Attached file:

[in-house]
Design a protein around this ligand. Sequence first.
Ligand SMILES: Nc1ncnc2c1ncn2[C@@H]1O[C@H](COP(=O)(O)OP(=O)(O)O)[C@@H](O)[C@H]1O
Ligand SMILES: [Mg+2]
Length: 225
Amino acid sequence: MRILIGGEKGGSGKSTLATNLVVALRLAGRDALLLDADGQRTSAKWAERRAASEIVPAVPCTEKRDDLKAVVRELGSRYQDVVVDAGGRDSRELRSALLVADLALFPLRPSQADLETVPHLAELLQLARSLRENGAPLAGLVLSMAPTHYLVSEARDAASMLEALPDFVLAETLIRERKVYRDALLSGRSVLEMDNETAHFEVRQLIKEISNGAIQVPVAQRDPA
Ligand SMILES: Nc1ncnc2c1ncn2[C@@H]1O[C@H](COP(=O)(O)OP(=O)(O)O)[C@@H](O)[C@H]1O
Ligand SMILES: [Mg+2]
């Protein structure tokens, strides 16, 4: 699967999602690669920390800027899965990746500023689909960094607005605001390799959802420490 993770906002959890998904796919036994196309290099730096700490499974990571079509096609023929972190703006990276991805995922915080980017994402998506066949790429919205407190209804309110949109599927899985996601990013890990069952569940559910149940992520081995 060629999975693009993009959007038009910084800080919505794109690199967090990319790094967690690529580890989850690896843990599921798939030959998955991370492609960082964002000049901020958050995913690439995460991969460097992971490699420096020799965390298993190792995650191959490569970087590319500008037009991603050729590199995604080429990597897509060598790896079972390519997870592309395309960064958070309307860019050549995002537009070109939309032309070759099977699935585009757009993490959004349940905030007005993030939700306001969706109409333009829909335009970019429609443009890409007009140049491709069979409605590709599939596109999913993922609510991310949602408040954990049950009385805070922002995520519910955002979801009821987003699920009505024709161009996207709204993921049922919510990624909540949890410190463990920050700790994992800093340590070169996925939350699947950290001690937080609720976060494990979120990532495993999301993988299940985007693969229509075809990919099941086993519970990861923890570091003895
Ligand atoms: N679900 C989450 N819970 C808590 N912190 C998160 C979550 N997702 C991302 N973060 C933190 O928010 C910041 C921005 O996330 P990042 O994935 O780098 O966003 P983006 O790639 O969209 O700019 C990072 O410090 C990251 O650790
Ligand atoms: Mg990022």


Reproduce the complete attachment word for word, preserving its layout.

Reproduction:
[in-house]
Design a protein around this ligand. Sequence first.
Ligand SMILES: Nc1ncnc2c1ncn2[C@@H]1O[C@H](COP(=O)(O)OP(=O)(O)O)[C@@H](O)[C@H]1O
Ligand SMILES: [Mg+2]
Length: 225
Amino acid sequence: MRILIGGEKGGSGKSTLATNLVVALRLAGRDALLLDADGQRTSAKWAERRAASEIVPAVPCTEKRDDLKAVVRELGSRYQDVVVDAGGRDSRELRSALLVADLALFPLRPSQADLETVPHLAELLQLARSLRENGAPLAGLVLSMAPTHYLVSEARDAASMLEALPDFVLAETLIRERKVYRDALLSGRSVLEMDNETAHFEVRQLIKEISNGAIQVPVAQRDPA
Ligand SMILES: Nc1ncnc2c1ncn2[C@@H]1O[C@H](COP(=O)(O)OP(=O)(O)O)[C@@H](O)[C@H]1O
Ligand SMILES: [Mg+2]
């Protein structure tokens, strides 16, 4: 699967999602690669920390800027899965990746500023689909960094607005605001390799959802420490 993770906002959890998904796919036994196309290099730096700490499974990571079509096609023929972190703006990276991805995922915080980017994402998506066949790429919205407190209804309110949109599927899985996601990013890990069952569940559910149940992520081995 060629999975693009993009959007038009910084800080919505794109690199967090990319790094967690690529580890989850690896843990599921798939030959998955991370492609960082964002000049901020958050995913690439995460991969460097992971490699420096020799965390298993190792995650191959490569970087590319500008037009991603050729590199995604080429990597897509060598790896079972390519997870592309395309960064958070309307860019050549995002537009070109939309032309070759099977699935585009757009993490959004349940905030007005993030939700306001969706109409333009829909335009970019429609443009890409007009140049491709069979409605590709599939596109999913993922609510991310949602408040954990049950009385805070922002995520519910955002979801009821987003699920009505024709161009996207709204993921049922919510990624909540949890410190463990920050700790994992800093340590070169996925939350699947950290001690937080609720976060494990979120990532495993999301993988299940985007693969229509075809990919099941086993519970990861923890570091003895
Ligand atoms: N679900 C989450 N819970 C808590 N912190 C998160 C979550 N997702 C991302 N973060 C933190 O928010 C910041 C921005 O996330 P990042 O994935 O780098 O966003 P983006 O790639 O969209 O700019 C990072 O410090 C990251 O650790
Ligand atoms: Mg990022």